Despite its allusions to Christian duality, Dostoevsky and existential morality, this debut novel depends more on shock value than literary value for its appeal.
Peter Crumb is a very bad man. Or perhaps a good man or a man with good intentions, but with a bad man living inside him, wrestling for his soul. Crumb converses with the bad man and generally follows his orders, one of which is that he must write everything down to compose what is apparently this book. Another of which is that Crumb must die at the end of seven days. British writer-actor Glynn constructs the novel in the form of a daily diary, one in which newspaper headlines either reflect Crumb’s unspeakable violence or spark it. “In seven days I will be dead, but for seven days I will be free. Free to realize my potential as a human being, as a man, in whatever wonderful or dreadful a way that that might be,” the bad Crumb informs the good Crumb. Yet it’s the good Crumb who embarks on a senseless spree of serial murders, and who occasionally experiences the sort of guilt that the bad Crumb never would. Since there’s little suspense once the reader (whom Crumb occasionally addresses) realizes that at least one of the Crumbs is a cold-blooded killer who murders strangers without motivation in the most gruesome ways imaginable, the devil of the plot is in the details. Whom will he kill? Whom will he spare? How will he torture his prey? And what has made Peter Crumb the way he is? The answer to the last lies in an episode less convincing than the violence, in which Crumb returns to his former wife, a woman who somehow forgives him for a crime so vile, and so senseless, that he can never forgive himself. Did he even commit that crime? Will something redeem him before the week is up?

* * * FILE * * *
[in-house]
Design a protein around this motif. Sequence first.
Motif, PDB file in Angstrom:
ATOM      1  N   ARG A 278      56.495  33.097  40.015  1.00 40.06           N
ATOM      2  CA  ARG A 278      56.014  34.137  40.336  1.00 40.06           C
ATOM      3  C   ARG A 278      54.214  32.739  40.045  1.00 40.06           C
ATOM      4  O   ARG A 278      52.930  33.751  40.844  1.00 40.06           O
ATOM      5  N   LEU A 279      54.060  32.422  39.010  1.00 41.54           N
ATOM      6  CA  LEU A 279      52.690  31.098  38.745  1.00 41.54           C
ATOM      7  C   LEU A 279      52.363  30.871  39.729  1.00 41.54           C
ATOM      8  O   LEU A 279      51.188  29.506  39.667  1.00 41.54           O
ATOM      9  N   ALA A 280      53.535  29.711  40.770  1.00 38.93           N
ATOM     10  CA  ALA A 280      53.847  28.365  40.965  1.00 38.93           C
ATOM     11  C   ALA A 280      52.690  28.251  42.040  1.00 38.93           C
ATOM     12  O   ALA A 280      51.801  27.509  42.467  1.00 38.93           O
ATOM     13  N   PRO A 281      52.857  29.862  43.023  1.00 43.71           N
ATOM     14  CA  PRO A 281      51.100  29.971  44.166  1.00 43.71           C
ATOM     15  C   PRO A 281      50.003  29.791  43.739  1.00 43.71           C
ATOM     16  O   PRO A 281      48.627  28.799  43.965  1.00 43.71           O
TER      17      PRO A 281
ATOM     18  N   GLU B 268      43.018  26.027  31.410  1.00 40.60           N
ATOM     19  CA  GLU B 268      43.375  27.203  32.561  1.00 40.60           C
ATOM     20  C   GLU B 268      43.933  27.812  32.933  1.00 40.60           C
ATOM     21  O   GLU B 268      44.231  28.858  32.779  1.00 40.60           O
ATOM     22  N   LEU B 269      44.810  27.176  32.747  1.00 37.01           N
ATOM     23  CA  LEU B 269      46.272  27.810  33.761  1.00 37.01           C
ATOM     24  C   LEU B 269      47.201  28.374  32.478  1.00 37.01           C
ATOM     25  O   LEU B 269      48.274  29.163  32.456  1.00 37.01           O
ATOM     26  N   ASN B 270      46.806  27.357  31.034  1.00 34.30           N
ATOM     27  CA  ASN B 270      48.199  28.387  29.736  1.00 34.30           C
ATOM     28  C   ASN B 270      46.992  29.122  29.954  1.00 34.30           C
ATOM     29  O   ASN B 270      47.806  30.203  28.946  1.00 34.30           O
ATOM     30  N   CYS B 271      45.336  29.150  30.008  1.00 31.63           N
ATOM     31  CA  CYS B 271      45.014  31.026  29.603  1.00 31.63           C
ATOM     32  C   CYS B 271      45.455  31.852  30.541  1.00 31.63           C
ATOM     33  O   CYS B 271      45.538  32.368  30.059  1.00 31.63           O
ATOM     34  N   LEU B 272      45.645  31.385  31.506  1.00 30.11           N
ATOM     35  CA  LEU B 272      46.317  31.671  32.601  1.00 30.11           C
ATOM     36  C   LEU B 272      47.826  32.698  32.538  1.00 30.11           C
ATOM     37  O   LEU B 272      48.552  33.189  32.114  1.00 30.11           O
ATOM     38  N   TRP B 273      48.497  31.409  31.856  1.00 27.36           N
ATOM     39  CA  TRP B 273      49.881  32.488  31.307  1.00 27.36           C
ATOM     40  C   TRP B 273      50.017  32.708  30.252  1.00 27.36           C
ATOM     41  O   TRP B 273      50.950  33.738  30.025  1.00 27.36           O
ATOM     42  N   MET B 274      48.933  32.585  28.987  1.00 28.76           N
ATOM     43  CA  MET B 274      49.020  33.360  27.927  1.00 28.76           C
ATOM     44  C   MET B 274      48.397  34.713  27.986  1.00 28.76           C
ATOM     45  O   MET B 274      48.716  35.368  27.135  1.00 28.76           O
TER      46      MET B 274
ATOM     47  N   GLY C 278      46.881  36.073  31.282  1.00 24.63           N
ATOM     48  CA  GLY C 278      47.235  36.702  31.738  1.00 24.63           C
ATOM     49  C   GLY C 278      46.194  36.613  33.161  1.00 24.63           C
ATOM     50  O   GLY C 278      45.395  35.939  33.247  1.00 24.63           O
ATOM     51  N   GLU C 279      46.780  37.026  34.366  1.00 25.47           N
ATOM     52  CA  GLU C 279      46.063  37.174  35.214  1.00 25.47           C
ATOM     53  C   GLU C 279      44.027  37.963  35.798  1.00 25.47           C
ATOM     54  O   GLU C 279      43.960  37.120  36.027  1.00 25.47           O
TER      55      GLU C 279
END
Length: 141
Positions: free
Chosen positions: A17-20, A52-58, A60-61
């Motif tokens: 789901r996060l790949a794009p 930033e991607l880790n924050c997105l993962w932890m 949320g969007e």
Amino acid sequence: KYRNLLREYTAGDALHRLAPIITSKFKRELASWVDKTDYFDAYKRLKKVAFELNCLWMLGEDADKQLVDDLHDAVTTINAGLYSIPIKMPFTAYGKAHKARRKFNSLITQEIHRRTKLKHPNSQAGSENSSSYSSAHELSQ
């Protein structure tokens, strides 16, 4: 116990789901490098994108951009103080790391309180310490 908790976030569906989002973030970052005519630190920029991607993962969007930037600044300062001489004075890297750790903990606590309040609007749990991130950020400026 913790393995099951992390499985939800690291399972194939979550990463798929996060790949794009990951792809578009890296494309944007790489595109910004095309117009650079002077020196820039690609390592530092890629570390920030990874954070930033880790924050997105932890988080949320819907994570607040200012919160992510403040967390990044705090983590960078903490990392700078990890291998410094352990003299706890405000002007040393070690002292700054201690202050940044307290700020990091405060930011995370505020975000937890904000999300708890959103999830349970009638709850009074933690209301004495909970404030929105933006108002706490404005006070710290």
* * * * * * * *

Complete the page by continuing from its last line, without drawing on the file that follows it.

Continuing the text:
Not for the squeamish.